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Law - USA

Research topics


Citizenship and National Identity: A Comparative Analysis of Citizenship Acquisition and Expatriation Policies in the United States and France

Governments have long used control over citizenship to shape national identity. This project engages in a comparative analysis of French and U.S. laws and policies regarding citizenship acquisition and forced expatriation to explore the connections between these policies and existential questions of national identity, national security, and democratic governance.

Both the United States and France originally embraced birthright citizenship, and the United States incorporated birthright citizenship into its Constitution after the Civil War. But both countries have repeatedly questioned the policy. In 1993, France modified birthright citizenship to bar children born in France to non-citizen parents from obtaining citizenship until age eighteen. Although birthright citizenship remains in place in the United States, some politicians and academics have questioned whether it is consistent with immigration policies, security, and American democratic ideals. Both the United States and France have also debated whether citizens should lose that status as a punishment for certain beliefs or acts, and in particular for engaging in terrorism. Finally, both countries have been accused of de facto expatriating citizens by refusing to grant some citizens passports, birth certificates, the right to vote, the right to return, or access to other privileges considered to be at the core of citizenship. This project will compare the French and American approaches to citizenship acquisition and expatriation to shed light on how a nation’s history and self-perception can shape these existential policy choices.

Activities / Resume


Amanda Frost is a law professor at American University in Washington, D.C., where she specializes in immigration and citizenship law. Her articles have appeared in numerous law reviews, and her non-academic writing has been published in The Atlantic, Slate, the Washington Post, the New York Times, USA Today, and the L.A. Times. In 2019, she was awarded a fellowship from the American Council of Learned Societies to support her book project, Unmaking Americans: A History of Citizenship Stripping in the United States, which is scheduled for publication by Beacon Press in 2020.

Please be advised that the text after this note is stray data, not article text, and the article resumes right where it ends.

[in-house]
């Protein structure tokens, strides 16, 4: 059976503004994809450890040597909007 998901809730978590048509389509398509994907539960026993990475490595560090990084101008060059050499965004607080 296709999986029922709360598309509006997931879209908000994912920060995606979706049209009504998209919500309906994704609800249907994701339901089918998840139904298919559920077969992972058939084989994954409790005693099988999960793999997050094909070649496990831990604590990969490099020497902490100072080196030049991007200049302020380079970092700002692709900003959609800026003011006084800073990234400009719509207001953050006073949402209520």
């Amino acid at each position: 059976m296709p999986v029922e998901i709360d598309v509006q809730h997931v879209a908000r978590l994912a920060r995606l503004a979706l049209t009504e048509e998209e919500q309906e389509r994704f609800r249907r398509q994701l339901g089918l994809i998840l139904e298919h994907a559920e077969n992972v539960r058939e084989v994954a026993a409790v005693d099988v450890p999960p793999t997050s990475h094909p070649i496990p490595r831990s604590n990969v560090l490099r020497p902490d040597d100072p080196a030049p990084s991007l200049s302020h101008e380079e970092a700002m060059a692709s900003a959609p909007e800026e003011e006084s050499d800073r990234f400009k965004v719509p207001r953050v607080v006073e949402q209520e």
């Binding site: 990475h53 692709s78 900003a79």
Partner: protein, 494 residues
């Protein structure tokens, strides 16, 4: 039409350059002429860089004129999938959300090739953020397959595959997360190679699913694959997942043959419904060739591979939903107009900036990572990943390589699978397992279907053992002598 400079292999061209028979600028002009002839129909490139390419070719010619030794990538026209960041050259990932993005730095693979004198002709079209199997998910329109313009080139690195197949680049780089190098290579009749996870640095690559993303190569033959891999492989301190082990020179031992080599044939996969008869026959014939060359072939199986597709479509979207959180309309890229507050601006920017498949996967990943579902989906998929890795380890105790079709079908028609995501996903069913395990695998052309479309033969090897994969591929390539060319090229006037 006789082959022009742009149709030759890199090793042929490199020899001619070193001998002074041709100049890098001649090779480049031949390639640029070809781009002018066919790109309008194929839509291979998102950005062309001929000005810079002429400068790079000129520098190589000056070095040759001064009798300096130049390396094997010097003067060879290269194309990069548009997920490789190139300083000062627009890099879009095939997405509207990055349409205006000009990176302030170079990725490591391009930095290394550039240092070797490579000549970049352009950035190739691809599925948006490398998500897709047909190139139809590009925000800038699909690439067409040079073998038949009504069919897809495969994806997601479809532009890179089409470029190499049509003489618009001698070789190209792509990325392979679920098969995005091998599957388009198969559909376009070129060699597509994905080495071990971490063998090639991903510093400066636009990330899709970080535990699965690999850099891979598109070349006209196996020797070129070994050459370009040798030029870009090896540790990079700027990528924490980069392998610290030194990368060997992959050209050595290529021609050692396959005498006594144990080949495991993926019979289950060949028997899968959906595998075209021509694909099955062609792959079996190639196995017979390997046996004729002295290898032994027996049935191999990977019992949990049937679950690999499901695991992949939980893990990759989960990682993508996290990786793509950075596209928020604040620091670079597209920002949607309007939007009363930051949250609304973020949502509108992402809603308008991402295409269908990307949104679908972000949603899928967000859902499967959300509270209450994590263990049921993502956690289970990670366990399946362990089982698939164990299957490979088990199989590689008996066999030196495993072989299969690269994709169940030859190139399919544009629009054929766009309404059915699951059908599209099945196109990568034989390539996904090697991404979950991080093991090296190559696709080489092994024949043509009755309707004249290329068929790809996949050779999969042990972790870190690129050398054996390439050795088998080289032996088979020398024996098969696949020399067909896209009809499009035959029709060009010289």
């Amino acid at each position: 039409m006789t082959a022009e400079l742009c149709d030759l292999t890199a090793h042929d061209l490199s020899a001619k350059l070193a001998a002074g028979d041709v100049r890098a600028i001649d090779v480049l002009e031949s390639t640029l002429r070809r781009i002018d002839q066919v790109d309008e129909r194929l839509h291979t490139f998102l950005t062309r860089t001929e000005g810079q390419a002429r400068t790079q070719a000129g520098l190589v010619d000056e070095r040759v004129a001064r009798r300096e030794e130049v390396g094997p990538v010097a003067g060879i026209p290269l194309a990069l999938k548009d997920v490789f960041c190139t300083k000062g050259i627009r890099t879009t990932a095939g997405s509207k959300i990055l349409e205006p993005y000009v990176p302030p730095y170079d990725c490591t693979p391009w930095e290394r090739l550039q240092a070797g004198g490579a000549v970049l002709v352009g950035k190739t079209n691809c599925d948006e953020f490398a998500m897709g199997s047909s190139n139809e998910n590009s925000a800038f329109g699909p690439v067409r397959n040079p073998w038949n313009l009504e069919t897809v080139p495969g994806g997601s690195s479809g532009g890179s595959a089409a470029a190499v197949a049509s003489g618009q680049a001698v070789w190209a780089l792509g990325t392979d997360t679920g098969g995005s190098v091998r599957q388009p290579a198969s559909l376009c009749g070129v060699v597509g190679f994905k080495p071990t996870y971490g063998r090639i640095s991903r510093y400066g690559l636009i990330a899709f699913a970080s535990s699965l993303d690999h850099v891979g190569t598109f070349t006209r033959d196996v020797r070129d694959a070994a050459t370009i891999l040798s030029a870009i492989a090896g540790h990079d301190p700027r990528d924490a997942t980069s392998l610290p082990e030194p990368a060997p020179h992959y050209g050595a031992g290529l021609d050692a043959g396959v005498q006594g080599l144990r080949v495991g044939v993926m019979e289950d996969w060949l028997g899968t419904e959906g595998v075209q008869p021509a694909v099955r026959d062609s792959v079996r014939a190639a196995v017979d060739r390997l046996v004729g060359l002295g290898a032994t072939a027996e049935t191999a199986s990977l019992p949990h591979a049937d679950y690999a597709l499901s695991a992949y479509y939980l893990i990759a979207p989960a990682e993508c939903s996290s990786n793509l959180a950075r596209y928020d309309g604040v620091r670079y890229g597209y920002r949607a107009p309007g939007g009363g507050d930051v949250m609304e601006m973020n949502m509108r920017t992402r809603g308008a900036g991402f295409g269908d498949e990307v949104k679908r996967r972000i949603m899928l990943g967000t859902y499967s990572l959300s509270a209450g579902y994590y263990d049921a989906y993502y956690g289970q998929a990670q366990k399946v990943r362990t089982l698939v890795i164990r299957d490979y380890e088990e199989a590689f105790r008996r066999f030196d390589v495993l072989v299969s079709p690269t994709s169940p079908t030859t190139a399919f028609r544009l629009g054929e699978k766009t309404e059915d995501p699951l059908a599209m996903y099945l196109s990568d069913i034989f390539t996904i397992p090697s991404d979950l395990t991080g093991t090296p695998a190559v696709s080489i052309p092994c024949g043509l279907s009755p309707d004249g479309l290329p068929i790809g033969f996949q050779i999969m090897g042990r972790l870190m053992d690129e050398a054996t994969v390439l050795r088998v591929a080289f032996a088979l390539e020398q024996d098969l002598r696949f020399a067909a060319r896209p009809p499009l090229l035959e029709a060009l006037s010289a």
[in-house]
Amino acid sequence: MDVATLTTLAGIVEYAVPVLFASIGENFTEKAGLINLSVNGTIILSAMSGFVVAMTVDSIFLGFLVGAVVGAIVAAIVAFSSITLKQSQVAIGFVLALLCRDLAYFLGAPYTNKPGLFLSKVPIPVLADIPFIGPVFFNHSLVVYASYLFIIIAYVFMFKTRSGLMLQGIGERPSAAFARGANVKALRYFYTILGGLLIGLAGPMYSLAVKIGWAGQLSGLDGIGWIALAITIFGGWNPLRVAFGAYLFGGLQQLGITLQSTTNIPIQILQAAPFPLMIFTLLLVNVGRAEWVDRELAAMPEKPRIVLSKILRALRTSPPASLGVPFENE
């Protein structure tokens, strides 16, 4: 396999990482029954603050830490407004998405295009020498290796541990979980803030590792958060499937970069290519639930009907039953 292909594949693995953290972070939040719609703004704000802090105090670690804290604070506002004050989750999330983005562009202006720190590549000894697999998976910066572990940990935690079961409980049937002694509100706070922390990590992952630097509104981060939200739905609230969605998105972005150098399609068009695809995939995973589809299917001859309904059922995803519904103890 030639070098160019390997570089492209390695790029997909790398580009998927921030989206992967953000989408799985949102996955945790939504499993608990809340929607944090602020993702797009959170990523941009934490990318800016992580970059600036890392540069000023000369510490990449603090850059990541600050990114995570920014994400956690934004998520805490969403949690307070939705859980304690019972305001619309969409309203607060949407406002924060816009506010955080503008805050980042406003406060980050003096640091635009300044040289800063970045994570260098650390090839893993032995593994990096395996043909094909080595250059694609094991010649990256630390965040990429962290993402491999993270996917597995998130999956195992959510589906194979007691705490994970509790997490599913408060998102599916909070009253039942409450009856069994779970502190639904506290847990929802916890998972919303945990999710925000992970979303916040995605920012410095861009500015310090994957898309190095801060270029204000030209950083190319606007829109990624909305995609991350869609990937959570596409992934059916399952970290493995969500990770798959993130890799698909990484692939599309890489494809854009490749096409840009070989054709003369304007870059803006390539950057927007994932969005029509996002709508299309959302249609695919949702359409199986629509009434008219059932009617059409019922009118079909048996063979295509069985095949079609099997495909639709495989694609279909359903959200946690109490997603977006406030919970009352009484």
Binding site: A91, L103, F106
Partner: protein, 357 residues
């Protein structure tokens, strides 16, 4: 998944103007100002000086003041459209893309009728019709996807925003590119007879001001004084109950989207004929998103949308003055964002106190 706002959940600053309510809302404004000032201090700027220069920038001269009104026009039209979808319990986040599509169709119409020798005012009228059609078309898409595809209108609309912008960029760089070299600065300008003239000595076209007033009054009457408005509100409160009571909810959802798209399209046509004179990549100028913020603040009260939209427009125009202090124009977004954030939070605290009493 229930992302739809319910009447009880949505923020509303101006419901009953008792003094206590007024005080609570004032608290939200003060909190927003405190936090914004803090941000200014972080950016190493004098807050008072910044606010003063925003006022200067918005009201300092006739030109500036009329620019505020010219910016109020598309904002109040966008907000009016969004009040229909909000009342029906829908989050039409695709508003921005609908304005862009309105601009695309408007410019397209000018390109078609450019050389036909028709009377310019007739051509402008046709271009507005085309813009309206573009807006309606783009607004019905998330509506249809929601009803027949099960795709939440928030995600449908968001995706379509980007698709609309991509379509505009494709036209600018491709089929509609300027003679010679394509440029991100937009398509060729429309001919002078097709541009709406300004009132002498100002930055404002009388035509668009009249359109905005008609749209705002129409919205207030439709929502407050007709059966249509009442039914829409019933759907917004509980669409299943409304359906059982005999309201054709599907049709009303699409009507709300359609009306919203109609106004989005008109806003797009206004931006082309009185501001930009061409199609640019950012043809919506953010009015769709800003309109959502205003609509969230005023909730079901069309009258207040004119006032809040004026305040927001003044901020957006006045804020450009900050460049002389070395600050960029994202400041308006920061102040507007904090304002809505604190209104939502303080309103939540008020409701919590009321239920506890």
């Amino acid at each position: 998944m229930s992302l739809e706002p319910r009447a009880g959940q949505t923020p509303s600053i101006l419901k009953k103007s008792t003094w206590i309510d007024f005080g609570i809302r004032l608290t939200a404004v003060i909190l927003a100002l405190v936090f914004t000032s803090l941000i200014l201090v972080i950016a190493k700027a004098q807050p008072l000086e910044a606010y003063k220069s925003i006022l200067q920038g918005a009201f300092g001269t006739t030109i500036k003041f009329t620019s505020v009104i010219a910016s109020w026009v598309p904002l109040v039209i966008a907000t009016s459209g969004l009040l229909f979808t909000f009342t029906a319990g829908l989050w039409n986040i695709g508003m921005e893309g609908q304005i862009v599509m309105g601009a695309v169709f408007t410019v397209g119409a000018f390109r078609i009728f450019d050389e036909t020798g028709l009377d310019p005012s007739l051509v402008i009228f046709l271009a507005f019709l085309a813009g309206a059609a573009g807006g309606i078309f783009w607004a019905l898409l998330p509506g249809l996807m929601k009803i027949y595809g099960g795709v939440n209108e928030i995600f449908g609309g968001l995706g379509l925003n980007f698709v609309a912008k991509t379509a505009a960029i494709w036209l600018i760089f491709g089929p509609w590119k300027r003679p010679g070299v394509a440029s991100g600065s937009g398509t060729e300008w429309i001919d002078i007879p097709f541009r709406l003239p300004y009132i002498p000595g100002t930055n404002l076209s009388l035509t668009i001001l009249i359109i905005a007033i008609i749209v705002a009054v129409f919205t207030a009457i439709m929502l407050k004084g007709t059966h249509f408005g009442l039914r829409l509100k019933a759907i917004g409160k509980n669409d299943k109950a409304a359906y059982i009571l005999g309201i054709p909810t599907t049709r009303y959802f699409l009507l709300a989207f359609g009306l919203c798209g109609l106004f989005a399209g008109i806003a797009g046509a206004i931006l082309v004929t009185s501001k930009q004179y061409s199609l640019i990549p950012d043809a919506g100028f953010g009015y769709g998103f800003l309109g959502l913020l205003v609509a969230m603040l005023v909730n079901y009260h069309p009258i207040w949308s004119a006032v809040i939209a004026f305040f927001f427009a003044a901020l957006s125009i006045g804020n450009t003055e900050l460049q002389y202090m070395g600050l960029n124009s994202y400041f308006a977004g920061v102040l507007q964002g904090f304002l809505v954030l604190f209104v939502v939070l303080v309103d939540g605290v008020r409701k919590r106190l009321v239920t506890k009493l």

Before entering academia, Amanda Frost clerked on the U.S. Court of Appeals for the D.C. Circuit, worked for the Senate Judiciary Committee, served as Acting Director of the Immigrant Justice Clinic, and spent a year as a Fulbright Scholar studying transparency reform in the European Union. She received her B.A. from Harvard College and her J.D. from Harvard Law School.


  • Unmaking Americans: A History of Citizenship Stripping in the United States (Beacon Press, forthcoming 2020)
  • Immigration in the Obama Era, in The U.S. Supreme Court and Contemporary Constitutional Law: The Obama Era and Its Legacy (Anna-Bettina Kaiser, Niels Petersen, and Johannes Saurer eds.) (Routledge, 2018).
  • Maslenjak v. United States: Immigration, Expatriation, and the Plenary Power Doctrine, in American Constitution Society Supreme Court Review 2016-17.
  • In Defense of Nationwide Injunctions, 93 N.Y.U. L. Rev. 1065 (2018).
  • Cooperative Enforcement in Immigration Law, 103 Iowa L. Rev. 1 (2017).
  • Can the Government Deport Immigrants Using Information it Encouraged them to Provide?, 2 Admin. L. Rev. Accord 97 (2017).
  • Independence and Immigration, 89 Southern California Law Review 485 (2016) (symposium contribution).
  • Learning from Our Mistakes: Using Immigration Enforcement Errors to Guide Reform, 92 Denver University Law Review 770 (2015) (symposium contribution).
  • Inferiority Complex: Should State Courts Follow Federal Court Precedent on the Meaning of Federal Law? 68 Vanderbilt Law Review 53 (2015).
  • The hidden constitutional threat in Trump’s travel-ban lawsuit, Washington Post, op-ed, Apr. 25, 2018.
  • The Role and Impact of Nationwide Injunctions: Written Testimony for the House Committee on the Judiciary, Subcommittee on the Courts, Intellectual Property, and the Internet, Nov. 30, 2017
  • Some DACA ‘dreamers’ have legal options despite Trump, USA Today, op-ed, Sep. 7, 2017
  • How Painful Can Trump Make the Lives of Immigrants, Slate, Nov. 16, 2016
  • The Overlooked Pathways to Legal Status, The Atlantic, June 19, 2016
  • Limit State Access to Federal Court, N.Y. Times, Dec. 22, 2015 (with Stephen Vladeck